1: // test
   2: [TestMethod]
   3: public void FileExtension_Returns_DotGif_For_Standard_Test_File()
   4: {
   5:     var myCreativeFile = new CreativeFile();
   6:     myCreativeFile.FileName = TEST_FILE_NAME;
   7:     myCreativeFile.Bytes = TEST_BYTES;
   9:     string extension = myCreativeFile.GetFileExtension();
  11:     Assert.AreEqual(".gif", extension);
  12: }
  14: // method in CreativeFile
  15: public string GetFileExtension()
  16: {
  17:     return FileName.Substring(FileName.LastIndexOf('.'));
  18: }

Make a note to remove the duplication of setting up the test CreativeFile in each test, and to test some less-happy scenarios like when FileName is null or doesn’t have any “.” characters in it. For now we move on to generating the filename. For this we’ll pass in a DateTime (no need to use an interface) and pull the ticks from it rather than explicitly using DateTime.Now – this will let us test the method. First the test:

   1: public readonly DateTime TEST_DATE = new DateTime(2009, 1, 1);
   2: public readonly long TEST_TICKS = 633663648000000000;
   4: [TestMethod]
   5: public void GenerateStandardFileName_Returns_Ticks_Plus_Extension()
   6: {
   7:     var myCreativeFile = new CreativeFile();
   8:     myCreativeFile.FileName = TEST_FILE_NAME;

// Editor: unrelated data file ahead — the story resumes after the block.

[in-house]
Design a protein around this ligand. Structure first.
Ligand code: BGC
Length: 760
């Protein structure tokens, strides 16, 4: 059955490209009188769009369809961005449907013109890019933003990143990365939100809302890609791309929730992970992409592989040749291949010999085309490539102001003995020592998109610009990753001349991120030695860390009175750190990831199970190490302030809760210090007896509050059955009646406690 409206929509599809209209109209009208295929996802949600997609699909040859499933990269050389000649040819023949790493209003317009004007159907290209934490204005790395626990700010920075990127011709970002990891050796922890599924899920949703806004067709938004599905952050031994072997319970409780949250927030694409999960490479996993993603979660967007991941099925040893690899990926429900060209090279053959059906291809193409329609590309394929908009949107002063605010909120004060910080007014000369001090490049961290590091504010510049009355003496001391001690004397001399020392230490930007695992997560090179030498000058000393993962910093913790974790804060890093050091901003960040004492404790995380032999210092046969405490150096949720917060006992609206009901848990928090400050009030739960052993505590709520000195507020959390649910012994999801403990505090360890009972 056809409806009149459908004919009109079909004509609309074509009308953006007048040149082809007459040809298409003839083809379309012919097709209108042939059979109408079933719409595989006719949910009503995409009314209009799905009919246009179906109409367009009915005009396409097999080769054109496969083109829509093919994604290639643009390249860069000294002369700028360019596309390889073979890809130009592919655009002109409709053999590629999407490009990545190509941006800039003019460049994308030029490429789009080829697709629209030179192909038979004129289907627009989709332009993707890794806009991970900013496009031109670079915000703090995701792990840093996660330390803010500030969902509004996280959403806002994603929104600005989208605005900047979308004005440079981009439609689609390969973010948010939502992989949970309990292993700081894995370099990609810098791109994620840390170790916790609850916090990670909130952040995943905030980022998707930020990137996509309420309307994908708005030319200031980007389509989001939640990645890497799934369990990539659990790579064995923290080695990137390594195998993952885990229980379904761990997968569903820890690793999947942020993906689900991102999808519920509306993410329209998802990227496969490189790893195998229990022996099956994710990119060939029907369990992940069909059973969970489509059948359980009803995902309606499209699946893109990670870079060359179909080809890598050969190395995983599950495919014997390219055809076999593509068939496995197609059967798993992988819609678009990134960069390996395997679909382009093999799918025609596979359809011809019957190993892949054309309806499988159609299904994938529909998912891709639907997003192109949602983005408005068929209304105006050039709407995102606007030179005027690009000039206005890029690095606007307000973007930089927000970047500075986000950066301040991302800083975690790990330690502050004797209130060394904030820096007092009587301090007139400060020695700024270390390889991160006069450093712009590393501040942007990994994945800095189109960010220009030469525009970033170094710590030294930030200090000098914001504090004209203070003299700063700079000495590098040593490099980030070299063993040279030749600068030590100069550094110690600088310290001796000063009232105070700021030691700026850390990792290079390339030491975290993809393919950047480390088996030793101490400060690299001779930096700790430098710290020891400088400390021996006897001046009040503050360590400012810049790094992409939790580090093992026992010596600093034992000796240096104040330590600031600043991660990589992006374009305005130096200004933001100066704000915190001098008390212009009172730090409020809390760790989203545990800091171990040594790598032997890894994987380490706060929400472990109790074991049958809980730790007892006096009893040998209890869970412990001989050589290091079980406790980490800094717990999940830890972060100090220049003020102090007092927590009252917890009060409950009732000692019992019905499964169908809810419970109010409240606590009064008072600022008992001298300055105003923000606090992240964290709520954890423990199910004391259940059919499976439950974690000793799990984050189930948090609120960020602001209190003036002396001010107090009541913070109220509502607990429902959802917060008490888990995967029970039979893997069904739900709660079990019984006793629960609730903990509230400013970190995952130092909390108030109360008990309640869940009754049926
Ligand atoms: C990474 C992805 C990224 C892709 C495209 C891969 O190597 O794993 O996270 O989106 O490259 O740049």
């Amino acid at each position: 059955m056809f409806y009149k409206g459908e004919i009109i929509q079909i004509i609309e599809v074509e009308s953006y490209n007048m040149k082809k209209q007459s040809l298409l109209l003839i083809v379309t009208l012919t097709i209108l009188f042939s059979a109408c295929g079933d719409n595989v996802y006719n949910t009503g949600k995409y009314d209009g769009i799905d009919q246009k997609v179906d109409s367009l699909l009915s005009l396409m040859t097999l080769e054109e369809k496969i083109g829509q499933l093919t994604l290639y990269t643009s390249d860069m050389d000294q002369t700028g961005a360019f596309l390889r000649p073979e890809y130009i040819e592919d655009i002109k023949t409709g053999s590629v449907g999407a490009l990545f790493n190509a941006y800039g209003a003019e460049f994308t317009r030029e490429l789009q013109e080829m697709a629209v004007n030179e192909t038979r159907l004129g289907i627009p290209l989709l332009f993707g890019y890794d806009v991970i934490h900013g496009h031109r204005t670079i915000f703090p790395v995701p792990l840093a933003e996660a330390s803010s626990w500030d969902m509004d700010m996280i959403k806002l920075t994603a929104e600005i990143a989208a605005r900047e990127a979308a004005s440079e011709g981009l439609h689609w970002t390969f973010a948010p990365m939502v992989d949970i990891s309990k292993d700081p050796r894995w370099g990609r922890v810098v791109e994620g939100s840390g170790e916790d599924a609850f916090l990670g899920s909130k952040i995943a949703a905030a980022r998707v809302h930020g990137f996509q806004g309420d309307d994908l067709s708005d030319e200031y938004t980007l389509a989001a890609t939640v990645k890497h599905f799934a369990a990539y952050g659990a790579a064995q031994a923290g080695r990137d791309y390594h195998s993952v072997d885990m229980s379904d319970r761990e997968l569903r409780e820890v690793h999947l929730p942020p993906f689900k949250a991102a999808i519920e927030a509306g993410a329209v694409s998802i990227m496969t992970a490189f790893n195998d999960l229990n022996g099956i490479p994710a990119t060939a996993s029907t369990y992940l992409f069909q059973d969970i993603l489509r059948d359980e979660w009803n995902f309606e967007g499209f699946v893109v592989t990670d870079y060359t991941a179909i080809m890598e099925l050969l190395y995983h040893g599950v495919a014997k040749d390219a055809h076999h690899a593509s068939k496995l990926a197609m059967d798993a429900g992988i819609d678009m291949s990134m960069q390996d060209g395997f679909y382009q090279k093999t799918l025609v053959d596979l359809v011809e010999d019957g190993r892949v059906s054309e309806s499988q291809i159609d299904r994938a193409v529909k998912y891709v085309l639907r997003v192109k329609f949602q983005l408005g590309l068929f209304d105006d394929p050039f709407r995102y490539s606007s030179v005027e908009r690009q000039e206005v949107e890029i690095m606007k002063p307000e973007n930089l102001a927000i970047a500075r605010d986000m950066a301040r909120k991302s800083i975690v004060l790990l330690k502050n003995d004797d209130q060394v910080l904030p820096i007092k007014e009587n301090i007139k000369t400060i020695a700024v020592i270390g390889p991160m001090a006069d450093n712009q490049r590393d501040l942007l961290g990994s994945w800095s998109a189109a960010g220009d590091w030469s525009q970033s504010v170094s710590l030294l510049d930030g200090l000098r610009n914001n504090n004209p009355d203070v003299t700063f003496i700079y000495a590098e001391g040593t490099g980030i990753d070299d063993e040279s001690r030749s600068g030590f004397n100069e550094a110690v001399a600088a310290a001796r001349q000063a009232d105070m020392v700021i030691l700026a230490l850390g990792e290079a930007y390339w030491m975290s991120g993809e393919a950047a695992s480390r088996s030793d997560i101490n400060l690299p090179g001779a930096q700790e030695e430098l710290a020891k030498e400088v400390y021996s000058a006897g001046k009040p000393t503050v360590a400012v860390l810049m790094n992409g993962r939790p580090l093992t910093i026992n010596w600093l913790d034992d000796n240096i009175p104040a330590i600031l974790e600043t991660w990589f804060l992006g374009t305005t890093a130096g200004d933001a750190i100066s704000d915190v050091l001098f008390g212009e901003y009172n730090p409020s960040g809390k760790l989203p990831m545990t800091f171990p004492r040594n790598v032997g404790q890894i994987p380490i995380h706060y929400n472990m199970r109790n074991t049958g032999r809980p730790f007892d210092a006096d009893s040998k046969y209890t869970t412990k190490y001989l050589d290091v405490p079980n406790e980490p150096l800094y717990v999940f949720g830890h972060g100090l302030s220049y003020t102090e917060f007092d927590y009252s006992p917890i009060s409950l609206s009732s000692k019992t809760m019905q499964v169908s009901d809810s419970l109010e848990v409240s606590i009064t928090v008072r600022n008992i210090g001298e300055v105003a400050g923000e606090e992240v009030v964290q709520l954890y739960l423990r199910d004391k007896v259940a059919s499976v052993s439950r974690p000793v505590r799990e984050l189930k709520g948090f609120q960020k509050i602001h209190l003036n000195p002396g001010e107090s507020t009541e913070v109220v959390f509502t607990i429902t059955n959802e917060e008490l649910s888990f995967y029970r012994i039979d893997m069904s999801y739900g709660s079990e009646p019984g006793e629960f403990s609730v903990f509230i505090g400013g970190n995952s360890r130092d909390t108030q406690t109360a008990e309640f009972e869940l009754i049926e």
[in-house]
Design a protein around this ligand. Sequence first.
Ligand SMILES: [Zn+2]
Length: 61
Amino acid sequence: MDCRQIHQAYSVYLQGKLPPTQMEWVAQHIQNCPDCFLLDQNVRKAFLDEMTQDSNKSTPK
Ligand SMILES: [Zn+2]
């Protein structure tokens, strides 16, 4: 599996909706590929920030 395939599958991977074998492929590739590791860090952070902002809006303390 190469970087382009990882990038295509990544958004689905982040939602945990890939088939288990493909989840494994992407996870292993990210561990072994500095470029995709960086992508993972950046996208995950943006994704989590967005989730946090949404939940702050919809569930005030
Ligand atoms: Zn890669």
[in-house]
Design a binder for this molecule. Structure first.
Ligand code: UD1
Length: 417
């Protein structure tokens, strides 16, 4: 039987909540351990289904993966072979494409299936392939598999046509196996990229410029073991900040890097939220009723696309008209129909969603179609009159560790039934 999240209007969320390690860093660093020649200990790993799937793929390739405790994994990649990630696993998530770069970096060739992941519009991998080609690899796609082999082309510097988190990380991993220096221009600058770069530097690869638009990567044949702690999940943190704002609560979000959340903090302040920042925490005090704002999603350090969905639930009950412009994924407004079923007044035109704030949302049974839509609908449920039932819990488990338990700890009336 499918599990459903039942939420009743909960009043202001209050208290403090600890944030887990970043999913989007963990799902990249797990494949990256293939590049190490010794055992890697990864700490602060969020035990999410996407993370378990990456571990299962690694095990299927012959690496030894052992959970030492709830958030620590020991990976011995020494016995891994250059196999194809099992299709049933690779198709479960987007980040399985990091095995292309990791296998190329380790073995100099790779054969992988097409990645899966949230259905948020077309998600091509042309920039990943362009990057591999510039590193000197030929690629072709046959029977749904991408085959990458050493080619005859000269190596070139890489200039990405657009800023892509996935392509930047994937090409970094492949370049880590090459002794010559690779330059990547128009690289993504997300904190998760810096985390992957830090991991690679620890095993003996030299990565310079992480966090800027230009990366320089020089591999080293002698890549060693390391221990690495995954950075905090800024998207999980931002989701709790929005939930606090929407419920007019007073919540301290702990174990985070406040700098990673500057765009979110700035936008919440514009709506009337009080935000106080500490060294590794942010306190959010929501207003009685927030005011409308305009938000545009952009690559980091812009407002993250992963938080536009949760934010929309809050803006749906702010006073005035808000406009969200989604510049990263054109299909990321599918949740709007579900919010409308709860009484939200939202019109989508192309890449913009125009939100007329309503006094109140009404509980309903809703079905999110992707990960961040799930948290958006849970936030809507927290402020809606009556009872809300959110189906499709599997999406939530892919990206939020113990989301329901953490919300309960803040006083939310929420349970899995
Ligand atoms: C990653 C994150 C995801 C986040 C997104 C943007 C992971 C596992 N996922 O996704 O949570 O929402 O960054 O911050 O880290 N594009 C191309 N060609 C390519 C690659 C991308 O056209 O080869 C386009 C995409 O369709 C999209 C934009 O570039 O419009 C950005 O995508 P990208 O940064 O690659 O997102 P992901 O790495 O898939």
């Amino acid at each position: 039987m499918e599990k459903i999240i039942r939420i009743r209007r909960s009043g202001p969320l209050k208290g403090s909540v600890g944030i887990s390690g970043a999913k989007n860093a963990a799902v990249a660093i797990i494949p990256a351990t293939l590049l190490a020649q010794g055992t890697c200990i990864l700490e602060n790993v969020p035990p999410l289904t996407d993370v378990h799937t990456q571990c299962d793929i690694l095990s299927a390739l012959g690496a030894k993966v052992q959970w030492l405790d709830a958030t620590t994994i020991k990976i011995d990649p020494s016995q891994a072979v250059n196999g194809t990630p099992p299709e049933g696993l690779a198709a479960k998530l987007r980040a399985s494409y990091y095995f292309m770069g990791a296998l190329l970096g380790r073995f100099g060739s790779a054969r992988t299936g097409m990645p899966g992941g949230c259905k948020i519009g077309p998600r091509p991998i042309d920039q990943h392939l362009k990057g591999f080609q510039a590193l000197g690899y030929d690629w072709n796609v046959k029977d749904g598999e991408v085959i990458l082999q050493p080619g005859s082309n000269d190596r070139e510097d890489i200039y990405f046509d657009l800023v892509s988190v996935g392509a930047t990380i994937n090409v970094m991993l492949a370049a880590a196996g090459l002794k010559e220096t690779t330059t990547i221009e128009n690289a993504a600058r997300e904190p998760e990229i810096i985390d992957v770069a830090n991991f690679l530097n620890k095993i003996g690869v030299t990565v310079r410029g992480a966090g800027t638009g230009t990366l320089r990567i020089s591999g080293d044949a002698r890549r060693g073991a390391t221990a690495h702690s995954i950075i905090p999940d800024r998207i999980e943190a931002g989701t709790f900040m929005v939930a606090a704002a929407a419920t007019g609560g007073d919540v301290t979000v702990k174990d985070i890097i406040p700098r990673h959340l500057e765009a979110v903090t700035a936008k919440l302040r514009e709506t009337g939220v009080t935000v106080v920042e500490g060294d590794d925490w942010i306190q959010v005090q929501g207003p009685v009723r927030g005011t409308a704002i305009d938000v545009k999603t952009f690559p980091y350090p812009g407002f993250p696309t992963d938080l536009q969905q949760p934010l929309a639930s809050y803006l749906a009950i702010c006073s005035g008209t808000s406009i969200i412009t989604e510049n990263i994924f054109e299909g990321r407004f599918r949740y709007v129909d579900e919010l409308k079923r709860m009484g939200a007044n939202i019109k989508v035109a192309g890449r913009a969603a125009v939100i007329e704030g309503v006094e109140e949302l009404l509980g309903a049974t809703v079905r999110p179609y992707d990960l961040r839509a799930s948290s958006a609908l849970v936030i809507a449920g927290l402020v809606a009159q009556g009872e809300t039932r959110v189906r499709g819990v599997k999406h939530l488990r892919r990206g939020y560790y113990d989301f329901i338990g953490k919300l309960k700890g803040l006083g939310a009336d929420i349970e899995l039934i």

9:     string standardFileName = myCreativeFile.GenerateStandardFileName(TEST_DATE);
  10:     string expectedFileName = TEST_TICKS + ".gif";
  11:     Assert.AreEqual(expectedFileName, standardFileName);
  12: }

It fails the first time (after I generate the method so it will compile). Implement the method as follows to get a passing test:

   1: public string GenerateStandardFileName(DateTime time)
   2: {
   3:     return time.Ticks + GetFileExtension();
   4: }

Bringing It All Together

I’m still not 100% sure exactly where all the logic for performing the file system work will go, but now I know how to define a CreativeFile and it knows how to generate its name. I can refactor my original ugly method with this (now tested) code to yield the following:

   1: private void GetImageOrFlashData()
   2: {
   3:     var myCreativeFile = new CreativeFile
   4:                              {
   5:                                  FileName = ImageOrFlashUpload.FileName,
   6:                                  Bytes = ImageOrFlashUpload.FileBytes
   7:                              };
   9:     MyCreative.CreativeUrl = myCreativeFile.GenerateStandardFileName(DateTime.Now);
  10: // snip
  11: }

There’s still a DateTime.Now in the code, but the actual logic of generating the filename no longer has that system clock dependency (we were able to test it with an arbitrary DateTime). And we’ve removed a few instances of the HttpPostedFile. It’s a little bit of progress. Since this has grown long, we’ll save the IFileSystem stuff for the next part, when we’ll need to come up with some kind of object whose responsibility is the persistence of CreativeFiles to some kind of file system.

Steve Smith

About Ardalis

Software Architect

Steve is an experienced software architect and trainer, focusing on code quality and Domain-Driven Design with .NET.